LESSON 6: BLACK SANDS

Hey and Welcome to the next Lesson in BLACK BUSINESS MONTH!

LESSON 6: BLACK SANDS

Black Sands crated by Manuel Godoy and illustrated by David Lenormand. It’s another title that was promoted to me on Facebook. (Starting to see a pattern here) The thing is, though, I’d seen it on Instagram prior and it just so happened I had enough money and they a sale on the Collector’s Signed Edition so I bought it.

Upon reading this though, I was given…mixed feelings.

From the start, you can tell by the illustrative style that this book’s intended audience is in the kid’s range. Characters are a bit rounder, there isn’t too, too much detail and the main cast are children. None of these are bad things, in fact I thoroughly enjoy that! It encapsulates a specific kind of story and never sacrifices artistic skill.

Auset using her powers.

This especially comes out in action scenes. As each of our main characters have powers, they display them in scenes not unlike The X-Men, My Hero Academia, or Avatar: The Last Airbender.

You have one particular scene where two kids go at it in a style that looks like it belongs in a Marvel Vs. Capcom game with the way their attacks have special names and displays. It’s like hitting a Kombo Breaker in Killer Instinct and I couldn’t get enough of it.

Bes performs his COMPRESSION WAVE
Ausar combatting with his SOUL ENFORCEMENT MOUNTAIN STRIKE

This book is related heavily on African mythology, something I can’t explore enough, and it teaches kids at an easy, accessible way to learn more of that culture. As someone who’s a novice, I dug how easy it was to just jump into it.

There are even info-graphs on certain pages that illustrate where they got their inspiration from. You can tell that it was approached with care so as to not throw new readers into the deep end of mythology, but also not hold your hand when giving new material.

I mentioned before how the main four characters are kids, but this is kind of where things got lost on me. There are four characters: Ausar, Seth, Auset, and Nehbet, five if you include Ausar’s rival, Bes, but only two of them (in this volume, anyway) really are fleshed out.

The Four Children

Don’t get me wrong, all have their moment to shine and display their abilities. Auset in particular has one of the most awe-inspiring scenes in the volume. It’s just that, they’re not really shown…as much attention as the following two.

Ausar is one and his brother Seth is the other.

Ausar you see from the get-go he’s about action, fun and, above all, strength. It’s drilled into him that he needs to be strong and we see in flashbacks why strength is so important to him.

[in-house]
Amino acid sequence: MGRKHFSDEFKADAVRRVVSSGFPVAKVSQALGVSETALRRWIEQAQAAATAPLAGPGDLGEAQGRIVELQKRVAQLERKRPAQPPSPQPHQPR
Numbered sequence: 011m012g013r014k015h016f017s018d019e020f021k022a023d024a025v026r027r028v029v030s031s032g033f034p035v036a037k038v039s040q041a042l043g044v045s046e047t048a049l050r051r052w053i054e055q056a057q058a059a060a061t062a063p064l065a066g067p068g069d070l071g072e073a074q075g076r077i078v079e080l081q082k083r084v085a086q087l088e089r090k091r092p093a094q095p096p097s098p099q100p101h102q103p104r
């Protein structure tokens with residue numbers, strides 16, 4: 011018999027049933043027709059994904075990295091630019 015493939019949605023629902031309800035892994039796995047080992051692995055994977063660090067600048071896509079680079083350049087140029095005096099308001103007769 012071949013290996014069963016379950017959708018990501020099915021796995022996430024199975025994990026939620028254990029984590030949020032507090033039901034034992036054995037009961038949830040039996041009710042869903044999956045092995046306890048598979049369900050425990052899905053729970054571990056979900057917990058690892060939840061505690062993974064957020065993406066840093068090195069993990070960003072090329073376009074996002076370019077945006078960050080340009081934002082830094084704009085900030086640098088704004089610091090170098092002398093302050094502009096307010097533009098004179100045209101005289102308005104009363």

He’s a prince that will one day will his lands and failure, even in the smallest degree is looked down upon and you feel his struggle as you see he just wants to be the best. It’s a really compelling story.

SETH

Seth…is my favorite character.

I need to say this. I HAVE NEVER SEEN OR HEARD OF ANY COMIC CHARACTER WITH VITILGO IN ANY CAPACITY EVER! As a Black man, I didn’t have very many options growing up on which superhero I wanted to be. Not too many looked like me, but I can’t even imagine what it would be like for someone with this rare pigment. Representation is a huge part of the comic culture and this CANNOT be slept on.

This is real. He is here and he’s the best written character in the book.

We see him not for his brawn, but for his brain. Often times of delegation, his introspection and decision making makes him stand out amongst his siblings and I wouldn’t have it any other way.

He’s a fleshed-out character whose skin isn’t made mention of but one time and that’s for expository purposes. He’s treated like a normal person AS HE SHOULD BE. He’s not any less a kid. He’s not any less black. He’s not trying to be anything. Seth is…BY FAR one of my favorite comic characters.

PERIOD!

I think the most appealing thing about this volume are the typos. As an aspiring author, seeing fully created, quality products with minor imperfections, it’s a humble reminder that, yeah, maybe I can do this, too, you know? It wasn’t a distraction, it wasn’t a deterrent.

It was an ENCOURAGEMENT.

To Manuel Godoy and David Lenormand, thank you for your work and giving me, in my 20’s, a NEW favorite comic character and story to follow.

If YOU would like to support and read more of their work, you can go to their site at:
https://blacksandsentertainment.com , their twitter @TheBlackSands , or their Youtube: https://www.youtube.com/channel/UCTgMnV021odcWKnoBh2EUAg/featured All three display their work and Godoy is not shy about spreading it around.

Well, that’s all for now. So, until the I become a Pharaoh or the gods bless me with powers, I’ll see you for the next lesson.

Until then, class dismissed!

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Author: R.J. LEE

Over the past decade, it seems pop culture hasn’t become just “pop” anymore. Comic book movies are multi-billion dollar corporations, comics aren’t only for weekly Archie specials and video games have become an electronic sport competing with the likes of the Super Bowl! What happened? Where did the time go? It can all be a lot to take in and overwhelming at times, but what if I told you it doesn’t have to be? Like everything in life, nothing is hard to learn, you just need the right teacher and that’s where I come in. I’ll be your Lingo Liaison, your Coach for Comics, your Tutor for Trends, your Video Game Guru, your sensei from Sin City — My name is R.J. and I’m here to answer your FAQ’s of Life.

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